Tuesday, August 7, 2012

The Mysteries (and challenges) of Painting ...

Last week, I met with artist friends along the Mokelumne River above Jackson, California.  This is Gold Rush country and it seems there is something to paint everywhere you look.  On this day, we ventured away from architectural subjects and found ourselves facing a rapidly moving river and GREEN everywhere.  I won't go into the problems I have consistently had with painting 'pure' landscapes made up almost entirely of GREEN.  Suffice to say that on this day, I came away with no painting at all, having wiped down my very pathetic attempt in order to save an expensive panel.  That is always a bad feeling.  But I resolved not to let it remain simply an un-fun experience.  If I am to make progress, such outings have to be LEARNING experiences.

I followed up with several hours of study and experimentation with mixing greens which I might talk about in another post, but I also thought deeply about my mental state and how very important that is to a successful painting.  On this day along the Mokelumne River, I was not mentally prepared to paint.  It had been a busy week in the office with several challenging situations arising that remained unresolved.  I brought along my little dog Dixie Doodles for the first time.  She was a good girl all day, but this was an experiment on my part, and it was distracting and new for me.  I kept checking on her and worrying about shade and water.  I was very aware of my previous struggles with "pure" and green landscapes.  And finally, I compromised on what to paint, selecting a location that accomodated Dixie instead of one that I preferred for the subject matter.  The outcome was predicable.

The side of the Murphys Hotel, Murphys, California
I thought back to a successful experience and searched for contrast.  I remembered the first day painting in Murphys, which I have talked about in a previous post.  Of course the architectural subject matter was something I was more comfortable with, but my mental state on that day was wholly different than my day on the River.  On the evening of arrival I walked the town of Murphys and found this wonderful wall of windows with the balcony.  It's the side of the Murphys Hotel, in operation since 1856.

Just enough room to avoid being run over!

I knew as soon as I saw it that this was going to be my first painting of the trip.  In the morning, I set up along the street next to the scene.  I was fresh, excited and mentally focused on this subject.  I was clear on what I wanted.  I envisioned a bold painting with thick paint to capture the rustic, aging subject matter.
The final result and a happy painter!

In my opinion, the Murphys Hotel painting was my most successful effort of the trip.

So what were the lessons I learned by this comparison?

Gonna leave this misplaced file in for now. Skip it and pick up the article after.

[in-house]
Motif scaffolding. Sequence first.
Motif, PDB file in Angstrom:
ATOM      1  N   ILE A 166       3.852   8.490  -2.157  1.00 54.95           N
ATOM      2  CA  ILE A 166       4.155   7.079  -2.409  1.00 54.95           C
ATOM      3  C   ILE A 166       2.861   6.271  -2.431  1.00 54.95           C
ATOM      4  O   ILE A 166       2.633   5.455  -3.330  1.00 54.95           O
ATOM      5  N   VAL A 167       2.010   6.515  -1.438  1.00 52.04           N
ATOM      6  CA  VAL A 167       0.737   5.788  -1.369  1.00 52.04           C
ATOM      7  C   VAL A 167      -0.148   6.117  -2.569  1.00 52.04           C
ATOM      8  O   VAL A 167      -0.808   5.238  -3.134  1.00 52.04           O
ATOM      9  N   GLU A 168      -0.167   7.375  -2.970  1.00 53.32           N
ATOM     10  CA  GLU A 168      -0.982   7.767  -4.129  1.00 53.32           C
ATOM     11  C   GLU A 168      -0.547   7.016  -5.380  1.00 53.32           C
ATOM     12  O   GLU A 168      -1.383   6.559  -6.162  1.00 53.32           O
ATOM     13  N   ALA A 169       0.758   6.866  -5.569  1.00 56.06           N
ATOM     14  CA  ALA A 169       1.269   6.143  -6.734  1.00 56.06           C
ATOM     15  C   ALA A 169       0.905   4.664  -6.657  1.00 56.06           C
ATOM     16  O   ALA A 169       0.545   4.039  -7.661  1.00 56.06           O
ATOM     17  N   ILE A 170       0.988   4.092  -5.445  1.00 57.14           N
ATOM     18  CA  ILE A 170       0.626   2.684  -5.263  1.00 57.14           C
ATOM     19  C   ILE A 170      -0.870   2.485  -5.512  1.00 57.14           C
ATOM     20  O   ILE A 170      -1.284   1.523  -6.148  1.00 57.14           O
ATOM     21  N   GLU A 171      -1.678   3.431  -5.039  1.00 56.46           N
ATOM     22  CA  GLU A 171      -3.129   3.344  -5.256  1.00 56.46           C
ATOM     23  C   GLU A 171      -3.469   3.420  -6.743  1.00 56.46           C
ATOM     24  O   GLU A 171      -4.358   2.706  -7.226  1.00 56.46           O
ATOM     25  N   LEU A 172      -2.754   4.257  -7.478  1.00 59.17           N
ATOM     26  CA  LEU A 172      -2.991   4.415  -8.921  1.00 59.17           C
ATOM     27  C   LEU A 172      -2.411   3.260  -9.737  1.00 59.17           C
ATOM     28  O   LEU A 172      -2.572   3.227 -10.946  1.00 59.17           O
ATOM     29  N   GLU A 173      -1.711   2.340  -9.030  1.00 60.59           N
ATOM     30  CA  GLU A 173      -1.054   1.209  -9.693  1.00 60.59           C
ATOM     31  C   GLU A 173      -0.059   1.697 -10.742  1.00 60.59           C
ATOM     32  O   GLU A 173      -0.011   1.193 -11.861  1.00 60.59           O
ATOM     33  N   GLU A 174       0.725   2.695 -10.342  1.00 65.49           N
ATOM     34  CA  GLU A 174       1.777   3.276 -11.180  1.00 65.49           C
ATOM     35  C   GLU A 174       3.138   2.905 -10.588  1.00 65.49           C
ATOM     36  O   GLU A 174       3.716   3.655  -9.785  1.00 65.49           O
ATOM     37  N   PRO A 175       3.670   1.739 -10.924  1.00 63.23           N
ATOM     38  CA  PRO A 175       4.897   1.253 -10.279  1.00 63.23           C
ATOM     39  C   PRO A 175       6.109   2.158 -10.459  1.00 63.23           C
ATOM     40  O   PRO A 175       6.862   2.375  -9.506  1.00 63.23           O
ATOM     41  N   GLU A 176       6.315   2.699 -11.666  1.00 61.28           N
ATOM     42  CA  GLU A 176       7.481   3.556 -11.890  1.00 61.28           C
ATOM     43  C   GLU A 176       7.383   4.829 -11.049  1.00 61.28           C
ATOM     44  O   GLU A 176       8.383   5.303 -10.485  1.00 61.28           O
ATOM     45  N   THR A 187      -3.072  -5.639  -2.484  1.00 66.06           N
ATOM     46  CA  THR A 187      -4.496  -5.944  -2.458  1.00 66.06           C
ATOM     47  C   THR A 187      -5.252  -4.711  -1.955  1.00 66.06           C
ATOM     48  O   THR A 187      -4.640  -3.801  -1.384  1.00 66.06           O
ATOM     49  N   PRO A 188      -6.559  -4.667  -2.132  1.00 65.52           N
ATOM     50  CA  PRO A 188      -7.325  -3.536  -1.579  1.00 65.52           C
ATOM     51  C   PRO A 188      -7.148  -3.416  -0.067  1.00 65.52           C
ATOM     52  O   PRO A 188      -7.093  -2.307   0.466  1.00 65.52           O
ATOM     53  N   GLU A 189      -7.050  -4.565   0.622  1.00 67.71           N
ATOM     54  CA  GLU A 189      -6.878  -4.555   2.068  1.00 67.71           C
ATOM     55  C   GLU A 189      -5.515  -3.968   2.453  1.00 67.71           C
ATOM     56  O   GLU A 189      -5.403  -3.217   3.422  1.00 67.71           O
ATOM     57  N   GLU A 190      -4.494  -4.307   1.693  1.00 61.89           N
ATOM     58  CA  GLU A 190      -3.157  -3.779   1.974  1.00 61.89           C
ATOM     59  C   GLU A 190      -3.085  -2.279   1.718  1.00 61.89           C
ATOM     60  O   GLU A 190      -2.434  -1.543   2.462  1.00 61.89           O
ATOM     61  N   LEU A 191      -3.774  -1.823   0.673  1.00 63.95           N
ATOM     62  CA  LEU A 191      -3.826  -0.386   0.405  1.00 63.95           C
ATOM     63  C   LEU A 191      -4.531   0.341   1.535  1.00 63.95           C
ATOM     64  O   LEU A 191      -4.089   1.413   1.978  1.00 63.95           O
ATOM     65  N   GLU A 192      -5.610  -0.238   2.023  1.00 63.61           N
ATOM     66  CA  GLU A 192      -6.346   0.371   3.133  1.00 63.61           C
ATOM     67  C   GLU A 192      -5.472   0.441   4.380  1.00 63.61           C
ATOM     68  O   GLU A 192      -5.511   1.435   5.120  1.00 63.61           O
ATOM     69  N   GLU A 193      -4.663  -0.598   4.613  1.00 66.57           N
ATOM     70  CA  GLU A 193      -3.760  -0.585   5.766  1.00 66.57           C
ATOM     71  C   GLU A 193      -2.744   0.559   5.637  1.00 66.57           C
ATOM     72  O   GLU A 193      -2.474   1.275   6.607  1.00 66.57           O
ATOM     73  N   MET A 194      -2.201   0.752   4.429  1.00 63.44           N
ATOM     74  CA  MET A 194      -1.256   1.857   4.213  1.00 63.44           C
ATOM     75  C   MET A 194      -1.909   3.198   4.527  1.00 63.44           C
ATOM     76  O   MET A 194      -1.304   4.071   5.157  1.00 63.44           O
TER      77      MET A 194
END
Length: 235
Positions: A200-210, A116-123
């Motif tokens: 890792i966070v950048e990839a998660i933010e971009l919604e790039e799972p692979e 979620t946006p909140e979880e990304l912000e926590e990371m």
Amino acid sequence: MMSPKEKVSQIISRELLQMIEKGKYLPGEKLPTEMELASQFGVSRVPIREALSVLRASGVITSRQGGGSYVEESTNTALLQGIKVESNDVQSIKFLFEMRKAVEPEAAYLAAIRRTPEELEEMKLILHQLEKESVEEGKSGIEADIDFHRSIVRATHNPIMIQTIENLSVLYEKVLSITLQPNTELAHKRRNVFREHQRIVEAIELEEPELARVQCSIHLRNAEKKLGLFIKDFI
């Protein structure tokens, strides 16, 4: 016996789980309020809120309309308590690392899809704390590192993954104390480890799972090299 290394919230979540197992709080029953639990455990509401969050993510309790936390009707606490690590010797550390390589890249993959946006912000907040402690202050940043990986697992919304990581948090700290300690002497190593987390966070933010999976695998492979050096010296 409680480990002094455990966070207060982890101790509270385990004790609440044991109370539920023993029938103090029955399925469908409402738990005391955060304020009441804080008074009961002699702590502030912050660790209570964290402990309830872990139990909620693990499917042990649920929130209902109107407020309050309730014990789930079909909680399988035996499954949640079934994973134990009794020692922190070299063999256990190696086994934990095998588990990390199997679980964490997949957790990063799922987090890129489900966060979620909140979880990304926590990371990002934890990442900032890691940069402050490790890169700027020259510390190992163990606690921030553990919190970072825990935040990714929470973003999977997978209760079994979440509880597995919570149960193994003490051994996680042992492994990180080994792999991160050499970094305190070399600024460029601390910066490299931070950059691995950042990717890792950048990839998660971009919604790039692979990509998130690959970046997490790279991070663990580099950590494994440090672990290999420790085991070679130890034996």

1.  Focus.  Painting isn't easy.  It requires my FULL attention.
2.  Know why I am painting a subject. What do I want to capture and record?  Go for that and minimize everything else. 
3.  Have a plan of how I am going to approach the painting.
4.  Have a vision of what the result will look like.  This doesn't have to be a perfect vision.  There should be lots of room for change and creativity, but I should still have a conceptual idea of the outcome.
5.  Be enthusiastic about my subject matter AND my concept.  If I'm not, it's going to be a struggle.
6.  Don't rush the beginning.  Take time to consider, study.  Make a sketch or two.  Get everything ready BEFORE starting.  Have the right colors, brushes, medium.  


  1. Great post and it is fun to see your painting and the old hotel. You have listed some good lessons to remember.

    1. That's a gorgeous gold with the green balcony wrought iron contrast. The photograph didn't seem to offer much potential but then that's the difference between the two, I imagine. Your particular composition didn't allow it - space - but it might have been interesting to include the hotel lettering as well. Very nice work.

  2. Hi Kansas...Actually, the reality was much more intriguing than the photo, at least to me. I'm fond of architectural subjects, and this one appealed to me immediately. I actually thought about moving the lettering over into the 'frame' of my painting, but in the end, I just didn't ...ran out of time and was afraid to screw up the painting, which I liked. I can't really explain the goldish yellow color I painted the walls. They were much more 'pinkish', but didn't have much life. The gold just showed up.
    Thanks for the good comments!

  3. One of the best images of the Historic Hotel I have seen yet! Will it be one of your entries in Ironstone's Spring Obsession Art Show? Sure hoping to see some of your work up here! Thank you for sharing such great observations and the story of your journey. Inspiring to say the least!

    Thank you!

  4. Wow...thank you so much. One of the highlights of my painting trip to Murphys was a day at the Ironstone Winery painting on the gorgeous grounds....my first visit. I wasn't aware of the Spring Obsession Art Show...but I am now! Thank you!